Old-crop corn futures are 6 to 7 cents higher, while new-crop futures are mostly 1 to 3 cents higher.
- Old-crop corn futures are benefiting from renewed concerns about tight supplies given indications of improving demand after recent price pressure.
- This morning's weekly export sales of 302,600 MT for 2012-13 and 210,000 MT for 2013-14 came in above expectations and represent a marked improvement from recent weeks.
- Plus, there's historically high basis levels around the country.
- There were no deliveries against the March corn contract today (the first delivery day), due to the strong cash market.
- Buying interest in new-crop corn is being limited by snow in the western Corn Belt this week. Plus, the National Drought Monitor notes that rain last week from Illinois to Missouri may have led to some improvement in drought in those regions.
Soybean futures improved with the open of pit trading to trade mostly 12 to 20 cents higher in old-crop contracts. New crop futures are mixed with an upside bias.
- Soybean futures are being supported by stronger-than-expected weekly export sales of 689,000 MT for 2012-13 and 482,000 MT for 2013-14. The net total topped expectations and the 1 MMT mark, signaling still-strong demand for U.S. soybeans. China bought 474,800 MT of old-crop U.S. beans and 350,000 MT of new-crop supplies for the week.
- Plus, USDA announced a daily sale of 123,000-MT of beans to China for 2013-14.
- A 7-cent surge in Gulf basis for immediate delivery signals more demand news may be on the horizon.
- Plus, historically strong basis levels around the country and the fact that there were no deliveries against the March bean contract on the first notice day reminds traders of tight supplies.
- But buying interest in deferred contracts is being limited by expectations that South American supplies will eventually slow demand for U.S. soybeans. Plus, soybean production in 2013-14 is expected to rebound. Recent precip in the Corn Belt adds to such ideas.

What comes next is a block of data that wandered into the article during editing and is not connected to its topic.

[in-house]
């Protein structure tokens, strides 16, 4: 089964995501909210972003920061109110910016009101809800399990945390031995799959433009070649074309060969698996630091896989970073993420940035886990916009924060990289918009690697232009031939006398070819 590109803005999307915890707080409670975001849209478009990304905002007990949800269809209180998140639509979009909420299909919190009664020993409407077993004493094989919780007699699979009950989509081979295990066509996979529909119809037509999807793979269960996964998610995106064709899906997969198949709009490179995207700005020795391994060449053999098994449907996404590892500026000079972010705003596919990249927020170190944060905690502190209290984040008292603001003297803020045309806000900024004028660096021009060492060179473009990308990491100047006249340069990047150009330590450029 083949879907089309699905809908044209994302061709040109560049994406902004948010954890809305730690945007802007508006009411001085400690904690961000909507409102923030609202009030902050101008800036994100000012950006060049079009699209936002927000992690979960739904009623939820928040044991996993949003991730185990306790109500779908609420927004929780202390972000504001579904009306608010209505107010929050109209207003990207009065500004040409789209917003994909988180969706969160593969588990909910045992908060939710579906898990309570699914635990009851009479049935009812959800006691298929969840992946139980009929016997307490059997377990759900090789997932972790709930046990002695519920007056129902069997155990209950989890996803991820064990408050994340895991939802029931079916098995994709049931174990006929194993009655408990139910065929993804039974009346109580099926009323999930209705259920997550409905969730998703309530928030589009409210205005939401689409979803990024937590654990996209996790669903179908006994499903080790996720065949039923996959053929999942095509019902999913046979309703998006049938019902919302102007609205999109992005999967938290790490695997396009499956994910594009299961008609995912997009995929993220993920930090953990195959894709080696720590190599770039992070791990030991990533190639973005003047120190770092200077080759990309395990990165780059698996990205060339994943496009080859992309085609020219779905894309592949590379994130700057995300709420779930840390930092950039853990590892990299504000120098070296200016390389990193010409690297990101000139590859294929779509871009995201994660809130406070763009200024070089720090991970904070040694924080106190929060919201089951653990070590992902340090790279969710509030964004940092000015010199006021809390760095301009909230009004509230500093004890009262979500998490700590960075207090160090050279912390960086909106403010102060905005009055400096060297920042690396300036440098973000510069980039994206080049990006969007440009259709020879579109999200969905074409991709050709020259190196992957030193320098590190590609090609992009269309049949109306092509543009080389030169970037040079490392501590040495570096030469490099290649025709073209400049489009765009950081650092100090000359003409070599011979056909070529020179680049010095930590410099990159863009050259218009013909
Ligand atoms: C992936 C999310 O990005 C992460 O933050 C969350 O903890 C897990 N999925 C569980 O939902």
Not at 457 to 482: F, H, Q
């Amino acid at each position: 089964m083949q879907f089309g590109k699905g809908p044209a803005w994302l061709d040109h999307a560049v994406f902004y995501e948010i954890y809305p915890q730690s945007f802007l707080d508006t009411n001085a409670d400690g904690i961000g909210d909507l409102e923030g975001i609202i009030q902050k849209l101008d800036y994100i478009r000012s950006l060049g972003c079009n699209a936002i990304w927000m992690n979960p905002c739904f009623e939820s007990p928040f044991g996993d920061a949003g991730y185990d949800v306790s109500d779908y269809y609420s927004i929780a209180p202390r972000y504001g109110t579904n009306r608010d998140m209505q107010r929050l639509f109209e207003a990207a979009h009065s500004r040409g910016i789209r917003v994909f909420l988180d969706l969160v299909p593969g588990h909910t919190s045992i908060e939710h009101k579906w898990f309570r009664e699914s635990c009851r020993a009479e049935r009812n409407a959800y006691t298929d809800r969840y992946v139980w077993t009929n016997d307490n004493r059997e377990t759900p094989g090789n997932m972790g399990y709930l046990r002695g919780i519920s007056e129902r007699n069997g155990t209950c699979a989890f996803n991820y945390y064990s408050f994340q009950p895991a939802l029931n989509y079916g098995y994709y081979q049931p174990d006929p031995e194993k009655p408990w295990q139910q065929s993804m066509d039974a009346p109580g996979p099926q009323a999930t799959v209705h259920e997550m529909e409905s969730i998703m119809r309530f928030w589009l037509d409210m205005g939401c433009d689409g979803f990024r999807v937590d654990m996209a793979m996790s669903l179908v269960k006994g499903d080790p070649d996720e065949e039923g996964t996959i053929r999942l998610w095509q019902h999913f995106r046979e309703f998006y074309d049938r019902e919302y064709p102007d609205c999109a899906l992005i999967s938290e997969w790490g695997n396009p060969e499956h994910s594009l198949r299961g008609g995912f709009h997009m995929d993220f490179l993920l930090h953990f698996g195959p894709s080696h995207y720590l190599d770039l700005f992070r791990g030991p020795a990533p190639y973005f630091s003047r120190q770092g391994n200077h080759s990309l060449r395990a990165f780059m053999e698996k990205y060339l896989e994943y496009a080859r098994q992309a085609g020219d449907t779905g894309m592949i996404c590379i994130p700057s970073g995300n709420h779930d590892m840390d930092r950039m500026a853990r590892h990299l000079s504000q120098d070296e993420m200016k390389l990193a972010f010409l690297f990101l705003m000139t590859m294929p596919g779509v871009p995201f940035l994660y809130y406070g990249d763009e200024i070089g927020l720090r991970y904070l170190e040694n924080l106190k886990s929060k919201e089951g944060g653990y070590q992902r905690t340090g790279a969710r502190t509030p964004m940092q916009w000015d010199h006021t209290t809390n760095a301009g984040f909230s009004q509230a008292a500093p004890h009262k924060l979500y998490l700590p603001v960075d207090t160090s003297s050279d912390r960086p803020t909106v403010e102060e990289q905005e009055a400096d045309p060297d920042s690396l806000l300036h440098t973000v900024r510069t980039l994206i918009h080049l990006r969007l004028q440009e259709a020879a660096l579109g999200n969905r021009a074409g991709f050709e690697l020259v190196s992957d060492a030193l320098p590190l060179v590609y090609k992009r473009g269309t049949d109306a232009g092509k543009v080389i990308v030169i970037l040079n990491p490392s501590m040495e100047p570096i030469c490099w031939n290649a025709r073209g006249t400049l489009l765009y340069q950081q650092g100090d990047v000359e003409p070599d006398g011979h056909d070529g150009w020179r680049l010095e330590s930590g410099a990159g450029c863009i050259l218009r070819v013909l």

Wheat futures have firmed to trade mostly 8 to 10 cents higher in Chicago, 12 to 15 cents higher in Kansas City and 8 to 18 cents higher in Minneapolis.
- Wheat futures are benefiting from short-covering to wrap up the month of February as the market views the downside as overdone.
- Supporting this idea are recent signs export demand is improving. This morning's Weekly Export Sales Report showed sales of 372,600 MT for 2012-13 and 152,300 MT for 2013-14. This matched expectations but represented improvement over last week.
- Plus, news Russia's government may compete with exporters as they buy grain from the country's southern breadbasket to replenish intervention stocks reminds of tightening global wheat stocks.
- Also, the latest drought monitor reflects just minor improvement across the Central and Southern Plains, although more substantial improvement should be noted in next week's update, as it will reflect this week's impressive snowfall.
Live and feeder cattle futures are enjoying slight gains this morning.
- Live cattle futures are enjoying followthrough buying on signs the boxed beef market may have put in a short-term low. This is encouraging some short-covering as traders close the books for the month of February.
- Yesterday, Choice and Select values both enjoyed strong gains, as has been the trend this week. Plus, movement improved slightly to 187 loads.
- This along with tighter showlist estimates has most expecting firmer cash cattle trade compared with $123 to $125 action last week.
- Feedlots are still working to round up cattle after the winter storm event early this week, not to mention the conditions have resulted in substantial weight loss for the animals.
- Plus, packer profit margins continue to improve, though they remain in negative territory. Packers have yet to place bids, signaling trade won't likely take place until Friday.
- But highly disappointing weekly beef export sales of 3,900 MT that included order cancellations by Japan add a note of caution.
- Feeder cattle futures are benefiting from overdue corrective short-covering.
Lean hog futures are off to a slightly higher start.
- Traders are engaging in some light short-covering as they work to correct the sharply oversold condition of the market ahead of month-end
- The pork cutout value improved 33 cents yesterday and the movement was solid at 68.25 loads, adding light support.
- But the cash hog market is again steady to lower as this week's kill is expected to be down slightly and most packers are bought ahead into next week.
- Outside markets are a mixed bag, as the U.S. dollar index is firmer and the stock market and crude oil futures are bouncing around unchanged. Traders are uneasy about the sequester slated to occur tomorrow, barring any last-minute deal.